Pelosi Declares the End of Immigration Law

By Mark Krikorian on December 18, 2013

Nancy Pelosi recently told Telemundo (Spanish broadcast here) that violations of immigration law should no longer have any consequences:

"Our view of the law is that it — if somebody is here without sufficient documentation, that is not reason for deportation."

This wasn't just a verbal flub; her spokesman reiterated the point, saying her comment was merely "a restatement of her long-held belief that being an undocumented immigrant is not a basis for deportation."

Nor can you write this off as just another moronic comment from the lightweight House minority leader. Rather, it's simply an explicit articulation of the policy the Obama administration has been pursuing for five years, namely of making immigration violation a "secondary offense." As an example of the concept, failing to wear a seatbelt is a secondary offense in many states, meaning that you can't be pulled over by a state trooper for not wearing a seatbelt, but you can receive an additional fine if you've already been pulled over for a primary offense (speeding, for instance).

In the immigration context, that means the administration position is that immigration law should only be applied to illegal aliens who have committed some other violation of a "real" law — murder, rape, drug-dealing, etc. It's like going after Al Capone for not paying his taxes, but ignoring all tax cheats who aren't mafiosi.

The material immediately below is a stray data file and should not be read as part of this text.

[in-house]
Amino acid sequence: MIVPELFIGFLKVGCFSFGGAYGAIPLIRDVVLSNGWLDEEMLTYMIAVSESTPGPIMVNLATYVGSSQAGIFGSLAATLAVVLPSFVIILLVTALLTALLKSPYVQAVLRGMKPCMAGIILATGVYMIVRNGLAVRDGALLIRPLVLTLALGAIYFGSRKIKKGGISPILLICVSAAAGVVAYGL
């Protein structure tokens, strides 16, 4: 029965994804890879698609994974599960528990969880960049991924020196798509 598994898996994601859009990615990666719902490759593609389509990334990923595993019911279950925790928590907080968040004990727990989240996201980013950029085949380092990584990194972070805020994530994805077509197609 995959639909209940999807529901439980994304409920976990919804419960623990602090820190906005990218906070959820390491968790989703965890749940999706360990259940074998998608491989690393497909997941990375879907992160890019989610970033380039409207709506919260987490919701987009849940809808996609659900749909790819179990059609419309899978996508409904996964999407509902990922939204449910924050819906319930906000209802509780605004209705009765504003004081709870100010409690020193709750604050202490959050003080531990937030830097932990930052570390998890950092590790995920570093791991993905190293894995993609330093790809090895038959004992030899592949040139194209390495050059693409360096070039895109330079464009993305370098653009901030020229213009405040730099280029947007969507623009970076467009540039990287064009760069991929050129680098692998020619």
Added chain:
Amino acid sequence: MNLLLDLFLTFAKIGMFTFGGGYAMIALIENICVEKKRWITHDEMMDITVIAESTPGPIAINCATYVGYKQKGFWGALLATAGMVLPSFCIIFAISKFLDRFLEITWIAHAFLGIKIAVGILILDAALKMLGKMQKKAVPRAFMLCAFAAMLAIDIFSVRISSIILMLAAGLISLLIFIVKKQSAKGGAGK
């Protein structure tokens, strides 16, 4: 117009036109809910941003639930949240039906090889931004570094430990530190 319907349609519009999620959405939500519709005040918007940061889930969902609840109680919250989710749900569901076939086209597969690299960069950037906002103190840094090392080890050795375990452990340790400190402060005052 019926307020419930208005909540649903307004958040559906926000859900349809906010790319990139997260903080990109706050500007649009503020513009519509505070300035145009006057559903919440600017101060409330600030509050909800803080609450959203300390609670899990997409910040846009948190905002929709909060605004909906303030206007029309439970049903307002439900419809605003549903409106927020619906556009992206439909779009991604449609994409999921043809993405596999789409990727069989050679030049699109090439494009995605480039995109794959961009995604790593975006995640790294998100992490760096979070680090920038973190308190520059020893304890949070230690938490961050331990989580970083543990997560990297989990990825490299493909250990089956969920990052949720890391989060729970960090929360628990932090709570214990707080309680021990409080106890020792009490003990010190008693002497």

The implications are huge, and not limited to the tenure of this administration, since this is now the consensus Democratic party position. It means the substance of immigration legislation is irrelevant; John Boehner and Paul Ryan can stuff a million enforcement provisions into an amnesty bill and it's all just for show if being an illegal alien is no longer a reason to be removed from the country. With Democrats in charge of the Senate and the White House there is simply no basis for constructive immigration policymaking. Regardless of your views on amnesty or the level and makeup of future immigration, no assurance made by congressional Democrats or the administration regarding enforcement of new immigration laws can be believed. In this environment, any House Republican attempting to engage with Democrats on immigration is either a fool or a collaborator.